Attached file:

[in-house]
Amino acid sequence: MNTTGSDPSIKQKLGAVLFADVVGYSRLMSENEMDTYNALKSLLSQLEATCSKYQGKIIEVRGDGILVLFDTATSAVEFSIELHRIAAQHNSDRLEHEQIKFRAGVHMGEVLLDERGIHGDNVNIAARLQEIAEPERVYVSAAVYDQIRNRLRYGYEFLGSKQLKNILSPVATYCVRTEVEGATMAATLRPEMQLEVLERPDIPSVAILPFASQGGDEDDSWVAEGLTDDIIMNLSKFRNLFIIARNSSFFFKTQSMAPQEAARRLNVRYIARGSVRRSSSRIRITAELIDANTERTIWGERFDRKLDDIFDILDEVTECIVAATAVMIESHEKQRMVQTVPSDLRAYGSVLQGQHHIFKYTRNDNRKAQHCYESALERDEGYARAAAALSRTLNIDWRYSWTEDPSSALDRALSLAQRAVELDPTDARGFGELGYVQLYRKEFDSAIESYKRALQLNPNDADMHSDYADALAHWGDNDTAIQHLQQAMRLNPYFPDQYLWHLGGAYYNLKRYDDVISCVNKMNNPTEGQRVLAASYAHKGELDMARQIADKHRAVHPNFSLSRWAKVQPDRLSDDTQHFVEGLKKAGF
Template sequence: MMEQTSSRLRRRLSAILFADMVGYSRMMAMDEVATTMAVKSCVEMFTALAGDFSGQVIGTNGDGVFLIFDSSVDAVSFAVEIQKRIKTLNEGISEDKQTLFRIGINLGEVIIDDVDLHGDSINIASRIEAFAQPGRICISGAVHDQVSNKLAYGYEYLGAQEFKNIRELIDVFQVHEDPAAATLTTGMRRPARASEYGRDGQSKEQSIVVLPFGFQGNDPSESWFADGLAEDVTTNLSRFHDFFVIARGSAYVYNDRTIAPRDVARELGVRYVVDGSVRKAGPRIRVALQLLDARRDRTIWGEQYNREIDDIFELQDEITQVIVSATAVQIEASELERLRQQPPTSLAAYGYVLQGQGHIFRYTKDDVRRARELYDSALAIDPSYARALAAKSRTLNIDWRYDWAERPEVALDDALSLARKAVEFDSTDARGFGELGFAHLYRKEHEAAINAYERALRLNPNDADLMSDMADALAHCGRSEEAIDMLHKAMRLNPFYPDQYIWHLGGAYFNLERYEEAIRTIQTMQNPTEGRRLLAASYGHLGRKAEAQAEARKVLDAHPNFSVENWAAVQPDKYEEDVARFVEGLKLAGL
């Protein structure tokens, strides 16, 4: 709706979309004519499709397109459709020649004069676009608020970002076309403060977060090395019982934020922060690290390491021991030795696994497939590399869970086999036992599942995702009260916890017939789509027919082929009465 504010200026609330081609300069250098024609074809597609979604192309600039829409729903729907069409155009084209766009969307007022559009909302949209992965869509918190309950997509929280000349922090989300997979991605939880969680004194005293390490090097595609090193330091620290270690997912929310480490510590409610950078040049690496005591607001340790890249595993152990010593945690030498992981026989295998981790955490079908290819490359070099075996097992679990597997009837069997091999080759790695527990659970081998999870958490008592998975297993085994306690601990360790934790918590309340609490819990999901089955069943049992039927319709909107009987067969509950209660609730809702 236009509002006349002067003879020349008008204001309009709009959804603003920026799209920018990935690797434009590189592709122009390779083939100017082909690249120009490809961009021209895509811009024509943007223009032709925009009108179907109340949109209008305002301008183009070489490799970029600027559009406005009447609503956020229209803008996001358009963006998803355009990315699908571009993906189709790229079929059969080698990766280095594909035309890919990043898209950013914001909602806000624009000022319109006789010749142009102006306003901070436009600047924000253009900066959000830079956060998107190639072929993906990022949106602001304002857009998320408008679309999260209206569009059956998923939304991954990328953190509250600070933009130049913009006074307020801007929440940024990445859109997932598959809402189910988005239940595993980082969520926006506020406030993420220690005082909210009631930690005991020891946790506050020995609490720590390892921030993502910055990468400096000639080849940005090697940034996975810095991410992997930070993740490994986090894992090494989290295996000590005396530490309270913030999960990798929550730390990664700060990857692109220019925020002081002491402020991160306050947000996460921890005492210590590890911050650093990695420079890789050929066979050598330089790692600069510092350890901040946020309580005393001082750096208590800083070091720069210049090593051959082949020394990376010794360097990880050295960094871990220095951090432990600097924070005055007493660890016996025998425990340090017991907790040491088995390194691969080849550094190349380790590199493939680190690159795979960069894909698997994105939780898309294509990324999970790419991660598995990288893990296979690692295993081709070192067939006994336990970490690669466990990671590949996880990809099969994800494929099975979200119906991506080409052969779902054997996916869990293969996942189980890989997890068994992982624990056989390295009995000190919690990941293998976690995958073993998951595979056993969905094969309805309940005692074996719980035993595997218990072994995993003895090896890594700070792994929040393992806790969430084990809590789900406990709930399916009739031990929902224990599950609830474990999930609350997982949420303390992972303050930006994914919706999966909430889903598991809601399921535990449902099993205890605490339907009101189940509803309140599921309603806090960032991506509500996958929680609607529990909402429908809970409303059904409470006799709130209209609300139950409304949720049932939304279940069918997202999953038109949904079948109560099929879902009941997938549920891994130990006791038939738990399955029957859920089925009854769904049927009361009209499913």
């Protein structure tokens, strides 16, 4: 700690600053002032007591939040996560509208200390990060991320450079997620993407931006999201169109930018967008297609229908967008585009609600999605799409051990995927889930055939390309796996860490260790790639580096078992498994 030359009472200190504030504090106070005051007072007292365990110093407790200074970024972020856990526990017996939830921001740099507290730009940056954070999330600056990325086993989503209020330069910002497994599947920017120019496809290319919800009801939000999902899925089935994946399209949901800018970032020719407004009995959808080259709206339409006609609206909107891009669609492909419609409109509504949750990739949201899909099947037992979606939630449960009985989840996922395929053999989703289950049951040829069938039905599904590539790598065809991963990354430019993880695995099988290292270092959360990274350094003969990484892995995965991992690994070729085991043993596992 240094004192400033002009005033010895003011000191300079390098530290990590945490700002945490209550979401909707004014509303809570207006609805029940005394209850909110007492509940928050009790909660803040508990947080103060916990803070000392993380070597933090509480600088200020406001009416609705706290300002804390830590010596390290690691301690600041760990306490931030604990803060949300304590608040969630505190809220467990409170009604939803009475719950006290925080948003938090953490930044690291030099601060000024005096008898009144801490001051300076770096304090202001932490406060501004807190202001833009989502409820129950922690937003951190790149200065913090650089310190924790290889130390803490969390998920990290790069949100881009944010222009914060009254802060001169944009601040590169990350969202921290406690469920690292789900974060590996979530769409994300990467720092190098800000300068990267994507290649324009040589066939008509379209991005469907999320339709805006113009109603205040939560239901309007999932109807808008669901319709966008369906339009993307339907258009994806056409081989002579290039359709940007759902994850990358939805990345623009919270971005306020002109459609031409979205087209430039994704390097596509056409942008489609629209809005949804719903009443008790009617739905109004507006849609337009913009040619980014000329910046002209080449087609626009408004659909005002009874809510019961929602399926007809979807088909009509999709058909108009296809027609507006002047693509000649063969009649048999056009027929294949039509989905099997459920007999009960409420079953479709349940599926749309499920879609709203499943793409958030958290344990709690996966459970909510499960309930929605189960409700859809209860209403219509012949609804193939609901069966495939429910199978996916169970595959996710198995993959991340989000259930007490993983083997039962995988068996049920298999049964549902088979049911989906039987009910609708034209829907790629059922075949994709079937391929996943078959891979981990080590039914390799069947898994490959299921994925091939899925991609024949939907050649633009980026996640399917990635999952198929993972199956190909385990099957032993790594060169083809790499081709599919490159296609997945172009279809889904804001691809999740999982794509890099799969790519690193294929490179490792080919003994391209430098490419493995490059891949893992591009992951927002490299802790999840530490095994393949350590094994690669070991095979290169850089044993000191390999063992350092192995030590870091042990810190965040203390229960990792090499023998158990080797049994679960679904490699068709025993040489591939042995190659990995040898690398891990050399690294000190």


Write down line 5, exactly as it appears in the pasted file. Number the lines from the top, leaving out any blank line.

């Protein structure tokens, strides 16, 4: 700690600053002032007591939040996560509208200390990060991320450079997620993407931006999201169109930018967008297609229908967008585009609600999605799409051990995927889930055939390309796996860490260790790639580096078992498994 030359009472200190504030504090106070005051007072007292365990110093407790200074970024972020856990526990017996939830921001740099507290730009940056954070999330600056990325086993989503209020330069910002497994599947920017120019496809290319919800009801939000999902899925089935994946399209949901800018970032020719407004009995959808080259709206339409006609609206909107891009669609492909419609409109509504949750990739949201899909099947037992979606939630449960009985989840996922395929053999989703289950049951040829069938039905599904590539790598065809991963990354430019993880695995099988290292270092959360990274350094003969990484892995995965991992690994070729085991043993596992 240094004192400033002009005033010895003011000191300079390098530290990590945490700002945490209550979401909707004014509303809570207006609805029940005394209850909110007492509940928050009790909660803040508990947080103060916990803070000392993380070597933090509480600088200020406001009416609705706290300002804390830590010596390290690691301690600041760990306490931030604990803060949300304590608040969630505190809220467990409170009604939803009475719950006290925080948003938090953490930044690291030099601060000024005096008898009144801490001051300076770096304090202001932490406060501004807190202001833009989502409820129950922690937003951190790149200065913090650089310190924790290889130390803490969390998920990290790069949100881009944010222009914060009254802060001169944009601040590169990350969202921290406690469920690292789900974060590996979530769409994300990467720092190098800000300068990267994507290649324009040589066939008509379209991005469907999320339709805006113009109603205040939560239901309007999932109807808008669901319709966008369906339009993307339907258009994806056409081989002579290039359709940007759902994850990358939805990345623009919270971005306020002109459609031409979205087209430039994704390097596509056409942008489609629209809005949804719903009443008790009617739905109004507006849609337009913009040619980014000329910046002209080449087609626009408004659909005002009874809510019961929602399926007809979807088909009509999709058909108009296809027609507006002047693509000649063969009649048999056009027929294949039509989905099997459920007999009960409420079953479709349940599926749309499920879609709203499943793409958030958290344990709690996966459970909510499960309930929605189960409700859809209860209403219509012949609804193939609901069966495939429910199978996916169970595959996710198995993959991340989000259930007490993983083997039962995988068996049920298999049964549902088979049911989906039987009910609708034209829907790629059922075949994709079937391929996943078959891979981990080590039914390799069947898994490959299921994925091939899925991609024949939907050649633009980026996640399917990635999952198929993972199956190909385990099957032993790594060169083809790499081709599919490159296609997945172009279809889904804001691809999740999982794509890099799969790519690193294929490179490792080919003994391209430098490419493995490059891949893992591009992951927002490299802790999840530490095994393949350590094994690669070991095979290169850089044993000191390999063992350092192995030590870091042990810190965040203390229960990792090499023998158990080797049994679960679904490699068709025993040489591939042995190659990995040898690398891990050399690294000190």